Analysis of Combustion and Particulate Emissions when Hydrogen is Aspirated into a Gasoline Direct Injection Engine 2010-01-0580
A single-cylinder Gasoline Direct Injection Engine (GDI) engine
with a centrally mounted spray-guided injection system (150 bar
fuel pressure) has been operated with stoichiometric and rich
mixtures. The base fuel was 65% iso-octane and 35% toluene;
hydrogen was aspirated into a plenum in the induction system, and
its equivalence ratios were set to 0, 0.02, 0.05 and 0.1. Ignition
timing sweeps were conducted for each operating point.
Combustion was speeded up by adding hydrogen as expected. In
consequence the MBT ignition advance was reduced, as were
cycle-by-cycle variations in combustion. Adding hydrogen led to the
expected reduction in IMEP as the engine was operated at a fixed
manifold absolute pressure (MAP). An engine model has also been set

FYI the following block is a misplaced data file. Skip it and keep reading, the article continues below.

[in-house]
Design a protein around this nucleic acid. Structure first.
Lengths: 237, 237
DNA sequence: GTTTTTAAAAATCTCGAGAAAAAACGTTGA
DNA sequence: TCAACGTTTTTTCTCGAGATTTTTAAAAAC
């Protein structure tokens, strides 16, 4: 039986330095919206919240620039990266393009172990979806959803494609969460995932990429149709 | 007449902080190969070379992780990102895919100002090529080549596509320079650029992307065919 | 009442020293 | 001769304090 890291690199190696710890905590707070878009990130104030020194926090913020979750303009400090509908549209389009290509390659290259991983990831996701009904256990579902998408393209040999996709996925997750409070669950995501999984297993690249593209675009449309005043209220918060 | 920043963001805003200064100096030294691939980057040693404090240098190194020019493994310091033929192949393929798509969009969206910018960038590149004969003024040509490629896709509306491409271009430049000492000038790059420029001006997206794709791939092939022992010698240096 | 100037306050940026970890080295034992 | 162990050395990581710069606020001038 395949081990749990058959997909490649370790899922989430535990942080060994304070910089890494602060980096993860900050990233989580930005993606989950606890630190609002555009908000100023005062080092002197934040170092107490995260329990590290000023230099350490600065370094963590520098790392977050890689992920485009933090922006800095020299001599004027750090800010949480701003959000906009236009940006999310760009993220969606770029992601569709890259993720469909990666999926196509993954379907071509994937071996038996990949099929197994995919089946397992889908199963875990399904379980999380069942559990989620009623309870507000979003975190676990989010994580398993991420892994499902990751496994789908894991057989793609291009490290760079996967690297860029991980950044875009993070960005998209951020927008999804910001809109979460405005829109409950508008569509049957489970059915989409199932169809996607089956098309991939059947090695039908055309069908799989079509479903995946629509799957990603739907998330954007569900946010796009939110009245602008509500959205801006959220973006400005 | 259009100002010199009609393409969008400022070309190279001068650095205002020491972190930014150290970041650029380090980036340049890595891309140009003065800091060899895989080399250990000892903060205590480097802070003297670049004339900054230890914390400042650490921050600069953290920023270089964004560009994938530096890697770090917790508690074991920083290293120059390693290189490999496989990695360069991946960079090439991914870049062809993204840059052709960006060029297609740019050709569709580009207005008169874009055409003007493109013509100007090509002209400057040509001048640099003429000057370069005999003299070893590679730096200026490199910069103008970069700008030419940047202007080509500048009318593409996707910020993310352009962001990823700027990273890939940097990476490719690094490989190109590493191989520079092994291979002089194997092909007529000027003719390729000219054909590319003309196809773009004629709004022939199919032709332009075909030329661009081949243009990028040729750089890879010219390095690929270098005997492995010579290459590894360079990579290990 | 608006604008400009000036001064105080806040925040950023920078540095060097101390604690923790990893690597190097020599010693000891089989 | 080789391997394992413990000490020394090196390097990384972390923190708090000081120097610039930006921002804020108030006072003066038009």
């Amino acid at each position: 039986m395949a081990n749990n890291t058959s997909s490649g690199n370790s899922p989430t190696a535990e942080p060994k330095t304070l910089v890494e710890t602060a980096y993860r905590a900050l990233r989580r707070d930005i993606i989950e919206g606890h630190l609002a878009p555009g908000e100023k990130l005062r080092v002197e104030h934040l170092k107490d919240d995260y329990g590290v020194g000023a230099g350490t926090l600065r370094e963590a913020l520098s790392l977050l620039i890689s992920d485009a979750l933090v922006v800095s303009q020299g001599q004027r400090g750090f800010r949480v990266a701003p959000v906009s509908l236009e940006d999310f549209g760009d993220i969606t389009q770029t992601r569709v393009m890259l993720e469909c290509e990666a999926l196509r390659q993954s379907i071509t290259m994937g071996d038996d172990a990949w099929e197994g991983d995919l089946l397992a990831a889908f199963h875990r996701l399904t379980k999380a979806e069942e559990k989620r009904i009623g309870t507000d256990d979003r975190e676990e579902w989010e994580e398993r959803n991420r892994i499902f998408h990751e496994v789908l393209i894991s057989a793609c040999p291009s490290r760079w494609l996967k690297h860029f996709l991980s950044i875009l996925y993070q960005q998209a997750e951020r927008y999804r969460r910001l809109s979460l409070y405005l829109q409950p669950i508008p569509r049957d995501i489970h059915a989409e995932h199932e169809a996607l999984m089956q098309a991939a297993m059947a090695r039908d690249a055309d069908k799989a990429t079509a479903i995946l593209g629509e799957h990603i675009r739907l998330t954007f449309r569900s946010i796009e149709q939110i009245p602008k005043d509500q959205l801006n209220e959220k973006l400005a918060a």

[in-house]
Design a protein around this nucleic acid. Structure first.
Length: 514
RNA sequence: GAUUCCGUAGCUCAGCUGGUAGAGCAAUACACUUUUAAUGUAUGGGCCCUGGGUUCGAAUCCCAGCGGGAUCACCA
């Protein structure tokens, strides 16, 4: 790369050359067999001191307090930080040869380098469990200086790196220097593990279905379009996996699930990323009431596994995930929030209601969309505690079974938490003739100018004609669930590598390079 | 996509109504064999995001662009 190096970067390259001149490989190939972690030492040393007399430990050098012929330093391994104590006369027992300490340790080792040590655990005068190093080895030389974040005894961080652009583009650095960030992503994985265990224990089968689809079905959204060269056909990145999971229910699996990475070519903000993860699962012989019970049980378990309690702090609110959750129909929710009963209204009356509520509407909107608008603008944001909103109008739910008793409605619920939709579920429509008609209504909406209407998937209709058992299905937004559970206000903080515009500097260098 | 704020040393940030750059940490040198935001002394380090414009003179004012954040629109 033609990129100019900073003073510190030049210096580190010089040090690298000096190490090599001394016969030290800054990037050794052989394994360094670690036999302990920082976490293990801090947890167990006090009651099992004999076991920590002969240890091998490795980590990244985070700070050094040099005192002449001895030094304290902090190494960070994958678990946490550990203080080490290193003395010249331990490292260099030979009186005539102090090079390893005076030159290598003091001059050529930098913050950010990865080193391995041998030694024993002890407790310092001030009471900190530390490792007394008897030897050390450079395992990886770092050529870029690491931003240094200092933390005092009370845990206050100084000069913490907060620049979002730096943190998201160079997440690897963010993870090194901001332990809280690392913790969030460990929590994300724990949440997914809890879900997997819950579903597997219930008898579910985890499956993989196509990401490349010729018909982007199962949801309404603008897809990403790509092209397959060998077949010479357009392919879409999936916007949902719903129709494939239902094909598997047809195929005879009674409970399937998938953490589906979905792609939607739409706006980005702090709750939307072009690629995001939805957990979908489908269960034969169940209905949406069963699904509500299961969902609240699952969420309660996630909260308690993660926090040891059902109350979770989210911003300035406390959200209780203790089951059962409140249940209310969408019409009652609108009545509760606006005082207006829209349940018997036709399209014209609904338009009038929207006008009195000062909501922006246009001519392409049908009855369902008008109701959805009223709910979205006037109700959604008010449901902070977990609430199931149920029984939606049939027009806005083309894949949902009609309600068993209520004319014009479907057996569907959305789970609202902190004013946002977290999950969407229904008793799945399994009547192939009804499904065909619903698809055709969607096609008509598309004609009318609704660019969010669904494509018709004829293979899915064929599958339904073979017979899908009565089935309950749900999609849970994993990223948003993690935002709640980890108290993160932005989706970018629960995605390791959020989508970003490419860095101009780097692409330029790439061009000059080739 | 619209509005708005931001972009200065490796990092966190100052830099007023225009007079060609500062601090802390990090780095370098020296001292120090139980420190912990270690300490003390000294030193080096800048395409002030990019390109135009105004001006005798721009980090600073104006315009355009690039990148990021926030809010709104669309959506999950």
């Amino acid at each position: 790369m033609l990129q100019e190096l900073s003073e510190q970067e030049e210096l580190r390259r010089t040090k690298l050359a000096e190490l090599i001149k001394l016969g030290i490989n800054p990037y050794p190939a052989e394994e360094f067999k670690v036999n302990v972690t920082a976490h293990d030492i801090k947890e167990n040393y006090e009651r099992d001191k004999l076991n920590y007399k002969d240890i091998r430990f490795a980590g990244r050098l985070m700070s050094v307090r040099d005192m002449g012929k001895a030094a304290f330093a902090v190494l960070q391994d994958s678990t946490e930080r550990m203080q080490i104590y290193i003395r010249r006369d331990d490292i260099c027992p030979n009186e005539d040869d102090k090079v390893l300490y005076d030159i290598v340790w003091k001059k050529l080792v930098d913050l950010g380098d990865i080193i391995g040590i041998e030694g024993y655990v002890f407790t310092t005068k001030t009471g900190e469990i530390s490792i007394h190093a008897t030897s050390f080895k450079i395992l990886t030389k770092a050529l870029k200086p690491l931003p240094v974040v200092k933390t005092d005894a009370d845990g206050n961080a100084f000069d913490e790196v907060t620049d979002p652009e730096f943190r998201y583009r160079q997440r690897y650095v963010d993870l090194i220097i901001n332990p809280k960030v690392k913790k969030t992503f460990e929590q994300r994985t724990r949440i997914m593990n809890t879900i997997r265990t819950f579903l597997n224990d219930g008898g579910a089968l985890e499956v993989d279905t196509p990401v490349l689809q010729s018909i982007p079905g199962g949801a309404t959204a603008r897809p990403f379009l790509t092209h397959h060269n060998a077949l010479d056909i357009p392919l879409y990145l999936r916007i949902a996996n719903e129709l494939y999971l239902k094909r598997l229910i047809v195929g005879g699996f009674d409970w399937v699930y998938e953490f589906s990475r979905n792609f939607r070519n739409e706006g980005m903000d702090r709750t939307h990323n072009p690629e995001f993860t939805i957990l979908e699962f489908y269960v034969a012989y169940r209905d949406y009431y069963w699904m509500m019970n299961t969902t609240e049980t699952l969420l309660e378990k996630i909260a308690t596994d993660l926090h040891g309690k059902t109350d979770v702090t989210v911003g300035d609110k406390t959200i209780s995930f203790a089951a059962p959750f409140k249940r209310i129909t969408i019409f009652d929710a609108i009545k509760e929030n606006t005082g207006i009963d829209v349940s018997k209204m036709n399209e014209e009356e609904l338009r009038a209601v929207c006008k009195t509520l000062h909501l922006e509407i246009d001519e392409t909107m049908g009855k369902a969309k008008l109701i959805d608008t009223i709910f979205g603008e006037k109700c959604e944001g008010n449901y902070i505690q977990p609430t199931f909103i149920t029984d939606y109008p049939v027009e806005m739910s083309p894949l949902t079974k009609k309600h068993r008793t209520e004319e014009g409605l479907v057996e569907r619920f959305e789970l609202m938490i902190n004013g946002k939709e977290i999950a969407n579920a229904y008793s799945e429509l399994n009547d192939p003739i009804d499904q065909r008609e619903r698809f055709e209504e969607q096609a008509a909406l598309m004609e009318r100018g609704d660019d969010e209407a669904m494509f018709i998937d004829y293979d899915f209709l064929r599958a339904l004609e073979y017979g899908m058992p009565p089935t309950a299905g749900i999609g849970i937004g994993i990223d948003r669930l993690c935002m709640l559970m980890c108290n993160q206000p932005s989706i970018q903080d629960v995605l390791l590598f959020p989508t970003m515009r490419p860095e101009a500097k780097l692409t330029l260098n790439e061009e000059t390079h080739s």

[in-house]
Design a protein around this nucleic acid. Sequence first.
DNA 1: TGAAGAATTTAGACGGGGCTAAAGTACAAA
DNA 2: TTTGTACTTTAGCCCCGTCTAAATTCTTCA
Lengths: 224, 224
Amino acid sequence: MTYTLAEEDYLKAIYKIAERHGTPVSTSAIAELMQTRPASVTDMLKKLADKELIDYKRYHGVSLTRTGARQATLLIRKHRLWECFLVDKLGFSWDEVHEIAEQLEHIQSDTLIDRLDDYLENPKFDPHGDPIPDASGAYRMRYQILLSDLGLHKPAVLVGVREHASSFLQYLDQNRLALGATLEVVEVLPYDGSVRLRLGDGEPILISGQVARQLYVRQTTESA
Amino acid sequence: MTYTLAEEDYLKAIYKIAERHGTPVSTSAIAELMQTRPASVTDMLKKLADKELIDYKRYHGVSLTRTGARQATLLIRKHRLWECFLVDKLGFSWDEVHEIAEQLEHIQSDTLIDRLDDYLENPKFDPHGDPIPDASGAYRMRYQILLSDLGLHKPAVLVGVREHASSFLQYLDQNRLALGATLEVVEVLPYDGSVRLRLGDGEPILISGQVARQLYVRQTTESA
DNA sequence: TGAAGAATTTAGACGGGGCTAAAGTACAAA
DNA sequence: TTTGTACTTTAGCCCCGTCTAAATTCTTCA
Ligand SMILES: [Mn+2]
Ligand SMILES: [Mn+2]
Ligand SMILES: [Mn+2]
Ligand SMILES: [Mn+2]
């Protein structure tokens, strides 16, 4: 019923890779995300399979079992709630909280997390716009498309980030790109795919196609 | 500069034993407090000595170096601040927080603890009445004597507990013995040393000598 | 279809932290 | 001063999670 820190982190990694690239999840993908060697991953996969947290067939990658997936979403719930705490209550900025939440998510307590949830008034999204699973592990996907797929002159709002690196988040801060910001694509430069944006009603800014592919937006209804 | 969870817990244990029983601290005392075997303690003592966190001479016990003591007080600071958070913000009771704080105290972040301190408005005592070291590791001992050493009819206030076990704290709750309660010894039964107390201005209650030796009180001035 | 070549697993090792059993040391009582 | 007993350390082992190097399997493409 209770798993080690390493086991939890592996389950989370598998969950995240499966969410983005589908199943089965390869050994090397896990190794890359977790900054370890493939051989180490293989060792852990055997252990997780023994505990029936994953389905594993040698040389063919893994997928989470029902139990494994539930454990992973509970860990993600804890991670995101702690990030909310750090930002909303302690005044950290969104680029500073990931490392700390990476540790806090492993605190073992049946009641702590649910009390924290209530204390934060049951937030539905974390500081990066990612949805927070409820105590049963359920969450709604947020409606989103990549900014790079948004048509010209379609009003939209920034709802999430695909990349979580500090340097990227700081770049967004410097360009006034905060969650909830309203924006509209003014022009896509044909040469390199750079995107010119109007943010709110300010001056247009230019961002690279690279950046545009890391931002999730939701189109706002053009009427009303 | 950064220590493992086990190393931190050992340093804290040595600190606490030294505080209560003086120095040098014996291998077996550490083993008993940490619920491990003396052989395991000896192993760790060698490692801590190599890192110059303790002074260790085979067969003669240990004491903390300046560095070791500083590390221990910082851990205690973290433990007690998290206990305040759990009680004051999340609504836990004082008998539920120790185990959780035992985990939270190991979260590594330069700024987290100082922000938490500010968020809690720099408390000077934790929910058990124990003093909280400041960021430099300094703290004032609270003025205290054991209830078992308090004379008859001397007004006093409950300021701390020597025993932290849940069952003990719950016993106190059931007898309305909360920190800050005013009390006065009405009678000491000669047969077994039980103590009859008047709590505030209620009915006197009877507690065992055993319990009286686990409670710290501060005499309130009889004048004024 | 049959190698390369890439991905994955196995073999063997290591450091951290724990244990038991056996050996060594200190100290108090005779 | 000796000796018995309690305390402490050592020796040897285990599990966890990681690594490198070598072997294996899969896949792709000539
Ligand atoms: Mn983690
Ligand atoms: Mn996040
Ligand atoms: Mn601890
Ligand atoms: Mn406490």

up using WAVE.
Particulate Matter (PM) emissions were measured with a
Cambustion DMS500 particle sizer. The effect of ignition timing on
the PM emissions was marked - retarding the ignition led to a
substantial reduction in the PM number emissions, especially for
the nucleation mode. Overall, retarding the ignition could lead to
more than an order of magnitude reduction in particle number for
stoichiometric combustion. For the MBT ignition timing, adding a
hydrogen equivalence ratio of 0.1 led to more than an order of
magnitude reduction in both the PM number and mass for
stoichiometric and rich (lambda = 0.9) combustion.